media posted on 2023-03-31, 01:25 authored by Simon Walker-Samuel, Thomas A. Roberts, Rajiv Ramasawmy, Jake S. Burrell, Sean Peter Johnson, Bernard M. Siow, Simon Richardson, Miguel R. Gonçalves, Douglas Pendse, Simon P. Robinson, R. Barbara Pedley, Mark F. Lythgoe
Supplemental Movie 2: Animated EVAC streamlines (grey lines), showing the path taken by interstitial fluid, overlaid on vascular perfusion measurements (colour scale, measured in vivo using arterial spin labelling) and the location of blood vessels (yellow structures, measured ex vivo using micro-CT). The data were acquired in an LS174T colorectal carcinoma tumour xenograft.
BBSRC/AstraZeneca Industrial Partnership Studentship
UK Regenerative Medicine Platform Safety Hub
Eli Lilly and Company
Wellcome Trust Senior Fellowship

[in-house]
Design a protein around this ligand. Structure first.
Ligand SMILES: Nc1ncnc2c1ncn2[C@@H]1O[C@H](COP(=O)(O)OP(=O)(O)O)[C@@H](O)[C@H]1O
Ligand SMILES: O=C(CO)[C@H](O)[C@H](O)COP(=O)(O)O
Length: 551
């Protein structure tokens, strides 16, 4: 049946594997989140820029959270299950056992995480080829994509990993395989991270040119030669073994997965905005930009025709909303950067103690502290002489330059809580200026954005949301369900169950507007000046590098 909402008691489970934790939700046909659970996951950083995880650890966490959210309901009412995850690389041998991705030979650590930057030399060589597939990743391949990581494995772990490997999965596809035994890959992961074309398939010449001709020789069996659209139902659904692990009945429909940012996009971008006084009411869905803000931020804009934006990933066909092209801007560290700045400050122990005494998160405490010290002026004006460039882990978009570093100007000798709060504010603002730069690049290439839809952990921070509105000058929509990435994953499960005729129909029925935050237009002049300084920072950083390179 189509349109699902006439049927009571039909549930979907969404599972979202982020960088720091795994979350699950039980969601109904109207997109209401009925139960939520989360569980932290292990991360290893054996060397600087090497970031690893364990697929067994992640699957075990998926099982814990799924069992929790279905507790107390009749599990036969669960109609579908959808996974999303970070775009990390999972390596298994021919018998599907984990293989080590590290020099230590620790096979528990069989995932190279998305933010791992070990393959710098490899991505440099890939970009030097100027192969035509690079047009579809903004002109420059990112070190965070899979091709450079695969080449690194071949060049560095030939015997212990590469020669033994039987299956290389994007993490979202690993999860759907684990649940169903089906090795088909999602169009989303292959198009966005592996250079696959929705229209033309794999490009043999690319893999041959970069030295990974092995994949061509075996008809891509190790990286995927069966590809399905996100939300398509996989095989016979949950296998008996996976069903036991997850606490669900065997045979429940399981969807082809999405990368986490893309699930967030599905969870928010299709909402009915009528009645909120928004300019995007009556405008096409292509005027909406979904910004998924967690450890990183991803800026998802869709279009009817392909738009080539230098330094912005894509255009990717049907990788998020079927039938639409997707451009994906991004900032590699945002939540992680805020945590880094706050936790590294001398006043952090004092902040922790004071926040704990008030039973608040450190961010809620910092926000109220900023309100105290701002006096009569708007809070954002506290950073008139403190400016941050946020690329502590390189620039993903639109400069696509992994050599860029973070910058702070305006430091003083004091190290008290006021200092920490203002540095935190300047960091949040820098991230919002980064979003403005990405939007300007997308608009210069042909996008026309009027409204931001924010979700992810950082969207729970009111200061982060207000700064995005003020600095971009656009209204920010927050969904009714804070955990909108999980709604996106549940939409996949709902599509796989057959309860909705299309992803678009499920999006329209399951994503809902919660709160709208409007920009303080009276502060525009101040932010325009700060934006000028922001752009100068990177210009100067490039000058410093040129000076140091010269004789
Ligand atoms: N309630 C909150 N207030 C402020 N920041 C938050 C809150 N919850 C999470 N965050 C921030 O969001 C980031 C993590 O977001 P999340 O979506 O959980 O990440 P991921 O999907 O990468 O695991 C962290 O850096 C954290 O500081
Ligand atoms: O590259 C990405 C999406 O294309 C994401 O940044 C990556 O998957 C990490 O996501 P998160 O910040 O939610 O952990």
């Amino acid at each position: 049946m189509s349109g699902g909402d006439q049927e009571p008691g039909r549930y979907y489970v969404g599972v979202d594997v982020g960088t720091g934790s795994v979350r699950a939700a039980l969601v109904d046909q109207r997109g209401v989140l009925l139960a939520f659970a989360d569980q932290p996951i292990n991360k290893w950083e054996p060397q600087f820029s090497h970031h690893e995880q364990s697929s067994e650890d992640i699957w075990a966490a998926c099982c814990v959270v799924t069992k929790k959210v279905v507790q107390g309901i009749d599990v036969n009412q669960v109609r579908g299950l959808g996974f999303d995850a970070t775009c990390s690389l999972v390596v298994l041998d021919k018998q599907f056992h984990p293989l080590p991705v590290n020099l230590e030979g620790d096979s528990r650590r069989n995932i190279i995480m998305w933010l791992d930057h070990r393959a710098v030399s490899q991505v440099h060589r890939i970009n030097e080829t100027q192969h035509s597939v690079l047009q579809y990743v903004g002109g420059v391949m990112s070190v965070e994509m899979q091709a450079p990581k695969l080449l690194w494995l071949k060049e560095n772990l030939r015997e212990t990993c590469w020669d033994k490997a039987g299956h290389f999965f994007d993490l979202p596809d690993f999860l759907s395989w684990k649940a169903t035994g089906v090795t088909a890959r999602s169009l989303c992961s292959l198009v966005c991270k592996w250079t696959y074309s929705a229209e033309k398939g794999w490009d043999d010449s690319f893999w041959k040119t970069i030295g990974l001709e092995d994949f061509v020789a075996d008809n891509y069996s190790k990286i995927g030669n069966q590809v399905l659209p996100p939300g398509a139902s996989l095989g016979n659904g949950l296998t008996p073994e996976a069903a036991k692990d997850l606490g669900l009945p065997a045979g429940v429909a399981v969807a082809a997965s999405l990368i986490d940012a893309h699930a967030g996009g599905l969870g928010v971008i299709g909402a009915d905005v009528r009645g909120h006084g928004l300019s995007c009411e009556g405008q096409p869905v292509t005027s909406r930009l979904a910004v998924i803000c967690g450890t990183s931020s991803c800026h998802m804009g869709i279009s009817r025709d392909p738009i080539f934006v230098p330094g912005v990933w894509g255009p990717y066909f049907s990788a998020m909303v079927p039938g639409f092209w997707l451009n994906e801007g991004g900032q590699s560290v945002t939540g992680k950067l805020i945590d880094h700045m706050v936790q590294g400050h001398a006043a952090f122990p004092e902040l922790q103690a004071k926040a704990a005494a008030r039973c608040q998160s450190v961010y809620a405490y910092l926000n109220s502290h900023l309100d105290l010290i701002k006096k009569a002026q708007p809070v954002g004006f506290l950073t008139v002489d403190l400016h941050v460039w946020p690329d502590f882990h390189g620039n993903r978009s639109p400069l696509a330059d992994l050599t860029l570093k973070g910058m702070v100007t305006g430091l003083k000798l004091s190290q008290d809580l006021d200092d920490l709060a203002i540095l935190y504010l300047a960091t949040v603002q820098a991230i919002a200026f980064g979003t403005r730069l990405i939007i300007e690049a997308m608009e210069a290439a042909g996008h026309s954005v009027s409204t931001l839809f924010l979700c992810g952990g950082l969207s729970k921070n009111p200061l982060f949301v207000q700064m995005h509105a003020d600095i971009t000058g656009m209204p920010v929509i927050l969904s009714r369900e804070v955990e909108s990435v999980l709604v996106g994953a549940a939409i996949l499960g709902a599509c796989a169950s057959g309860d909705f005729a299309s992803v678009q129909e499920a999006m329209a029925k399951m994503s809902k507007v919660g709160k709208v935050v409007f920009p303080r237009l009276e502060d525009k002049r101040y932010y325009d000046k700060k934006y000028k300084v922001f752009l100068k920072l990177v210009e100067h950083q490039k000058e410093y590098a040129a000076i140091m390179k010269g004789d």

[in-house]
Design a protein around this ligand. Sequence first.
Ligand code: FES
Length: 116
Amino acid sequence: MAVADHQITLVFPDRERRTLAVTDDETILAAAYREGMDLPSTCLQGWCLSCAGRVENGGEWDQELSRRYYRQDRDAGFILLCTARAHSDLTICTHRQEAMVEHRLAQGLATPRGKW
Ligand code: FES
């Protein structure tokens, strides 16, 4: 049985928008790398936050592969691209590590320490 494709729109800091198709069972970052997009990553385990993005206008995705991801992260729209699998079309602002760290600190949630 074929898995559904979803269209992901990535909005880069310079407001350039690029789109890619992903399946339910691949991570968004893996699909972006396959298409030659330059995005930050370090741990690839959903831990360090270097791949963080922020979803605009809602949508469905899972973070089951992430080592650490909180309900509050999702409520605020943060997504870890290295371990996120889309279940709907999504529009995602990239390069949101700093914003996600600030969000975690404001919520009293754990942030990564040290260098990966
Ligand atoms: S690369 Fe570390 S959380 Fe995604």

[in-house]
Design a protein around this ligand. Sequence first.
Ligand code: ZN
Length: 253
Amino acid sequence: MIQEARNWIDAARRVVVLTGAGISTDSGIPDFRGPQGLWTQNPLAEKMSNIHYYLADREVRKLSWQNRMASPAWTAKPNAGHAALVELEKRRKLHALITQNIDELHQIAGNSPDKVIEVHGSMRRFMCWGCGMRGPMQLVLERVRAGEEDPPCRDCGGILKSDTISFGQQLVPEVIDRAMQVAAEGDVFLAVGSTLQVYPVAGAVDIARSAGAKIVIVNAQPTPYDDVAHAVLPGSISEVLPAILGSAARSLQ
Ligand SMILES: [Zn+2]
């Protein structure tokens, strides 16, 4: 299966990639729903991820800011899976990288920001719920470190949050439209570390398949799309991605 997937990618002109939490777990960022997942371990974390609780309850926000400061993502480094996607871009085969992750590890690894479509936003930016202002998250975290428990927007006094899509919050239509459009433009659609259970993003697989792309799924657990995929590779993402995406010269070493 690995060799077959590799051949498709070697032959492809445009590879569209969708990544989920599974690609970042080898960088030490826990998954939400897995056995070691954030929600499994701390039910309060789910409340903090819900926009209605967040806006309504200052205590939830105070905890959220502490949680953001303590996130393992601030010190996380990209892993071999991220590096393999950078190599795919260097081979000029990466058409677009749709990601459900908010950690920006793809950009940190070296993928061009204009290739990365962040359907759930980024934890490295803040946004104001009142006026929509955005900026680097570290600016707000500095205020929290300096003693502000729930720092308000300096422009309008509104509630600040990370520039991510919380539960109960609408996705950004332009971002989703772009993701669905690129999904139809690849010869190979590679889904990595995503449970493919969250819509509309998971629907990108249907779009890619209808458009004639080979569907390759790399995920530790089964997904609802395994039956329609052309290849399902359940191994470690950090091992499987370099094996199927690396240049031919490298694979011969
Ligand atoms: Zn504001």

ARTICLE ABSTRACTSeveral distinct fluid flow phenomena occur in solid tumors, including intravascular blood flow and interstitial convection. Interstitial fluid pressure is often raised in solid tumors, which can limit drug delivery. To probe low-velocity flow in tumors resulting from raised interstitial fluid pressure, we developed a novel MRI technique named convection-MRI, which uses a phase-contrast acquisition with a dual-inversion vascular nulling preparation to separate intra- and extravascular flow. Here, we report the results of experiments in flow phantoms, numerical simulations, and tumor xenograft models to investigate the technical feasibility of convection-MRI. We observed a significant correlation between estimates of effective fluid pressure from convection-MRI with gold-standard, invasive measurements of interstitial fluid pressure in mouse models of human colorectal carcinoma. Our results show how convection-MRI can provide insights into the growth and responsiveness to vascular-targeting therapy in colorectal cancers.Significance: A noninvasive method for measuring low-velocity fluid flow caused by raised fluid pressure can be used to assess changes caused by therapy. Cancer Res; 78(7); 1859–72. ©2018 AACR.